Tourism is a prime revenue to the Lebanese economy. Alongside construction and real estate which are currently in a slowdown, the tourism sector is also a driver of economic growth in the country. Lebanon is renowned for its cultural, rural, and religious tourism which render it a rich and unique destination for tourists, namely Arabs, Europeans, and Americans.
Since 2011, the spillovers from the Syrian crisis sent tourist arrivals and tourist spending to new lows. In addition, regional pressures were imposed in the form of travel warnings, airline restrictions, and a GCC ban – all amid a country struggling to maintain its internal security and stability.
Nonetheless, Q4 of 2016 brought about positive developments on the political, national fronts. These were carried forward onto the first months of 2017 and a recovery was nurtured by the improved tourism in summer 2017. With the election of a president for the republic and the formation of a cabinet, national efforts succeeded to mend relations and break the curse of the GCC travel ban. The tourism sector witnessed a recovery by August 2017, with both main parameters: tourist arrivals and spending improving solidly, compared to the shy recovery that started in 2014. However, compared to tourism in 2010, a complete recovery in the tourism sector is still a long way ahead.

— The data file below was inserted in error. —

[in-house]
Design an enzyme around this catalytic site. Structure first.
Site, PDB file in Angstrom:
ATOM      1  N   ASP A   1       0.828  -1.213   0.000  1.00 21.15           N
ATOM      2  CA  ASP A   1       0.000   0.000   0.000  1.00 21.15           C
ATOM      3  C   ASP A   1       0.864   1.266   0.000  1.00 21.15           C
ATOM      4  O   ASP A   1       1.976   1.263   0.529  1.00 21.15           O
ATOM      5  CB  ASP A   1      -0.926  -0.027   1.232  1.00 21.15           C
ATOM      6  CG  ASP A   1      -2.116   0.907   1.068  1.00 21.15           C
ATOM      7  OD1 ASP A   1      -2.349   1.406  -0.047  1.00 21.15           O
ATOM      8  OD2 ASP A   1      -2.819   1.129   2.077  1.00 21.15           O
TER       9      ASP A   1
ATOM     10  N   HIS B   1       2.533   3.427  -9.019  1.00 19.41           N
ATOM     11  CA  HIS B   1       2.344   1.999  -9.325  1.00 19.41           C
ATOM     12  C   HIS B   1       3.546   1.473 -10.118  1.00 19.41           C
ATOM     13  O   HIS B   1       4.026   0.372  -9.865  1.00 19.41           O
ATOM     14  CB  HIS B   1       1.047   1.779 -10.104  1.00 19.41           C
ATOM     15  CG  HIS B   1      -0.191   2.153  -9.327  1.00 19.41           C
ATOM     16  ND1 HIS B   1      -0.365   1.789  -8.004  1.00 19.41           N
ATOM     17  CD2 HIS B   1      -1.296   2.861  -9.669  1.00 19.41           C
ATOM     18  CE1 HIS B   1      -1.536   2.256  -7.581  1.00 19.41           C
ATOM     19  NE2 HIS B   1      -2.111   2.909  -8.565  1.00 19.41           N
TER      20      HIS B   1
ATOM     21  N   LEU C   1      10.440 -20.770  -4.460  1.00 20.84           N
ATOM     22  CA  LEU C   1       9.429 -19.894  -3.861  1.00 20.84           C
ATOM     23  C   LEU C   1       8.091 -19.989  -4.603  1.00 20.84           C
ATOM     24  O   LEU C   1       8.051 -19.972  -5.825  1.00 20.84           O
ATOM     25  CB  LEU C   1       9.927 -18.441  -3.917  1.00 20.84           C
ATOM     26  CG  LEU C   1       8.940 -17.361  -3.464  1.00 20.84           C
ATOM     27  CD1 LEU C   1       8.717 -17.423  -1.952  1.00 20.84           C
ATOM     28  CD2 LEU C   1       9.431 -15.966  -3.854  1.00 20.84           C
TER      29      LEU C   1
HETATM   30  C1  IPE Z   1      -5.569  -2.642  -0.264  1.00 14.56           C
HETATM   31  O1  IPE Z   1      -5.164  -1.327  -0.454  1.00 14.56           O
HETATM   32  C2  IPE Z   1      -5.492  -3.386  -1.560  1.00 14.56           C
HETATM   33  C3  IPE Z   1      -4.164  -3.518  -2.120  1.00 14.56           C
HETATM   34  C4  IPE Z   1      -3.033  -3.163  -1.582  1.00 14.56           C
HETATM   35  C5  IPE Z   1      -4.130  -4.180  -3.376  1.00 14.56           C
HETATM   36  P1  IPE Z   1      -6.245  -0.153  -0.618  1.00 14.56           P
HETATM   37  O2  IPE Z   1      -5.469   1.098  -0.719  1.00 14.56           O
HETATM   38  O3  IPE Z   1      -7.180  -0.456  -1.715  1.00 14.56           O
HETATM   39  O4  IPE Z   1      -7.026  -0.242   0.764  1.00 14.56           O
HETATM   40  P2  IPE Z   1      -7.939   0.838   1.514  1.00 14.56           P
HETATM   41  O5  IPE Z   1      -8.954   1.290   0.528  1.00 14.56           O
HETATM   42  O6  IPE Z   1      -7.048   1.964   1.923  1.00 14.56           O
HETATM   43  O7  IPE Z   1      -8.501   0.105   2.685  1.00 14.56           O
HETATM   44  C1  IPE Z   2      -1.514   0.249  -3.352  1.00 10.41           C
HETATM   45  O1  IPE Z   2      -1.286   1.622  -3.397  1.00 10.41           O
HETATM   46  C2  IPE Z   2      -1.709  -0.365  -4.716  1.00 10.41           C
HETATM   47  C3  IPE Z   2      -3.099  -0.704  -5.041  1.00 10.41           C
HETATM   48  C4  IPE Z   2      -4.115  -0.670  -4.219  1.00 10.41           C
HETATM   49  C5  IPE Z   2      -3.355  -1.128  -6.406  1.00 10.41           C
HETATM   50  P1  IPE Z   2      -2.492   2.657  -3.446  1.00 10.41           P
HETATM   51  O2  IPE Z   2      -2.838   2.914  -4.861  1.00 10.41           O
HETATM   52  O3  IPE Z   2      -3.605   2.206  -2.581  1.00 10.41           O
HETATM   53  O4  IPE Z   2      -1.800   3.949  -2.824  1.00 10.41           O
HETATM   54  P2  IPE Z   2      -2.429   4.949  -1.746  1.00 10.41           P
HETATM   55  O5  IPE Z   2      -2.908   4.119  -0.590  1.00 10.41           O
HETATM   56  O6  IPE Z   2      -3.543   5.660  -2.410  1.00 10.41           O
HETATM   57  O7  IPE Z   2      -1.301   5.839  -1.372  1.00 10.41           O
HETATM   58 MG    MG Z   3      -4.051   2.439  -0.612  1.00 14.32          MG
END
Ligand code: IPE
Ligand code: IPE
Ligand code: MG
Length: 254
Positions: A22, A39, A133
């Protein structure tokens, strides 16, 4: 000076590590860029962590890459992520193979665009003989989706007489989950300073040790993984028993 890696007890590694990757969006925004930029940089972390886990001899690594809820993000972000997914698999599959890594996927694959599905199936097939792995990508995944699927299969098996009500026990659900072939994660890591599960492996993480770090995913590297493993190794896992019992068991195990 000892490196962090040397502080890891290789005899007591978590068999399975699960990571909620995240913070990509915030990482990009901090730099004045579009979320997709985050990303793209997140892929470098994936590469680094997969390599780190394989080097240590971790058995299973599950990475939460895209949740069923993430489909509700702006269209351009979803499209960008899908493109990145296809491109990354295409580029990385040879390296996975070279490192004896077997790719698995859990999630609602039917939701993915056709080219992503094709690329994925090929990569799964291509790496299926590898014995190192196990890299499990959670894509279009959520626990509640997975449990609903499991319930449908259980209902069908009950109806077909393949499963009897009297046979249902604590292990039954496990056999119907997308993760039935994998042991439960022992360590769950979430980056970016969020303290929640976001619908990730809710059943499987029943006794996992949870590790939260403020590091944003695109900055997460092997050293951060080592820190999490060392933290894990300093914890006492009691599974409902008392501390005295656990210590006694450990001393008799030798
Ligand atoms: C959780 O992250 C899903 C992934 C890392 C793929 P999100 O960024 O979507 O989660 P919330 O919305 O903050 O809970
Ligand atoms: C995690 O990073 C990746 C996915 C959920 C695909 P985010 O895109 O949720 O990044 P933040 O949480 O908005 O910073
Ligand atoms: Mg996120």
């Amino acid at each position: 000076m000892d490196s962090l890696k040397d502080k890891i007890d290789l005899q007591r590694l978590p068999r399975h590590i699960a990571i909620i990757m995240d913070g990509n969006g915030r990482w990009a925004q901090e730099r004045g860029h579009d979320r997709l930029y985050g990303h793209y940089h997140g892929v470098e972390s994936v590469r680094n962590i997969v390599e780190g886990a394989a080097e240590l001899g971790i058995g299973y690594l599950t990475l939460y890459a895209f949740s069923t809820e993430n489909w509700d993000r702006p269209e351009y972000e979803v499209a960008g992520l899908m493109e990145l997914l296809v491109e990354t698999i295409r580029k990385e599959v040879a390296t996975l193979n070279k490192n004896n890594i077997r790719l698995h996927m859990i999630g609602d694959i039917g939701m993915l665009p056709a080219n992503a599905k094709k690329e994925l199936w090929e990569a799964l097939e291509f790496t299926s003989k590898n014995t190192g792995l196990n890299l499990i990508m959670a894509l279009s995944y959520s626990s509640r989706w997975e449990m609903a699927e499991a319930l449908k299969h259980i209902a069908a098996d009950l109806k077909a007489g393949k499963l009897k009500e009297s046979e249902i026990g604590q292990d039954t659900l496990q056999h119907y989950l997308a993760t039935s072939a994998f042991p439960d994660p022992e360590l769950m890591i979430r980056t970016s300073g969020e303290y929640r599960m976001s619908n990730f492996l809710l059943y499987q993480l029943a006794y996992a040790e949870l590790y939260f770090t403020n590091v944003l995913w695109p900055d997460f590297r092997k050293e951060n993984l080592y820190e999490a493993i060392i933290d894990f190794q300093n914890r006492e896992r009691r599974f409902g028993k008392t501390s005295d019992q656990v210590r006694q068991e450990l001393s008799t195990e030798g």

The report’s main sections are as follows:
- Overview: The Recovery in Lebanon’s Tourism
- Breakdown of Tourist Arrivals
- In Focus: GCC Nationals in 2010 v/s 2017
- Tourist Spending: Timeline and Drivers
- PMI, Tourism Spending, and the Hospitality Sector
- Looking Forward: Main Upcoming Developments
For the full report, kindly click on the link below:
Tourism by Summer 2017 – A Cautious Optimism